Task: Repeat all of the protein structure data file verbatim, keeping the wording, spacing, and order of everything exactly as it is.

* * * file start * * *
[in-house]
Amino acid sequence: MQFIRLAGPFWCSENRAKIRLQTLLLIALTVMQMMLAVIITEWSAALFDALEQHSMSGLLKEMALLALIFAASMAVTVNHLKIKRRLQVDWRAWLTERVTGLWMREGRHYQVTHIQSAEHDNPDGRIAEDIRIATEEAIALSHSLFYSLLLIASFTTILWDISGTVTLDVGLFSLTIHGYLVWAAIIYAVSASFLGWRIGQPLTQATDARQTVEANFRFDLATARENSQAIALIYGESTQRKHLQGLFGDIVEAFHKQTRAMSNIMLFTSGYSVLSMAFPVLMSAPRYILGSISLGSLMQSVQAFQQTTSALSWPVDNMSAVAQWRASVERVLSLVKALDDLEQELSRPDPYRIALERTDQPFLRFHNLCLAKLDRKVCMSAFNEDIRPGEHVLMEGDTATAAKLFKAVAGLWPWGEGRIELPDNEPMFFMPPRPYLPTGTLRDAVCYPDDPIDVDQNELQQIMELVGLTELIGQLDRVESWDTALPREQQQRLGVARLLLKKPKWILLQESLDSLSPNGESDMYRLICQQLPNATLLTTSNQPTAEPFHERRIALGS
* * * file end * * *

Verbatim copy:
[in-house]
Amino acid sequence: MQFIRLAGPFWCSENRAKIRLQTLLLIALTVMQMMLAVIITEWSAALFDALEQHSMSGLLKEMALLALIFAASMAVTVNHLKIKRRLQVDWRAWLTERVTGLWMREGRHYQVTHIQSAEHDNPDGRIAEDIRIATEEAIALSHSLFYSLLLIASFTTILWDISGTVTLDVGLFSLTIHGYLVWAAIIYAVSASFLGWRIGQPLTQATDARQTVEANFRFDLATARENSQAIALIYGESTQRKHLQGLFGDIVEAFHKQTRAMSNIMLFTSGYSVLSMAFPVLMSAPRYILGSISLGSLMQSVQAFQQTTSALSWPVDNMSAVAQWRASVERVLSLVKALDDLEQELSRPDPYRIALERTDQPFLRFHNLCLAKLDRKVCMSAFNEDIRPGEHVLMEGDTATAAKLFKAVAGLWPWGEGRIELPDNEPMFFMPPRPYLPTGTLRDAVCYPDDPIDVDQNELQQIMELVGLTELIGQLDRVESWDTALPREQQQRLGVARLLLKKPKWILLQESLDSLSPNGESDMYRLICQQLPNATLLTTSNQPTAEPFHERRIALGS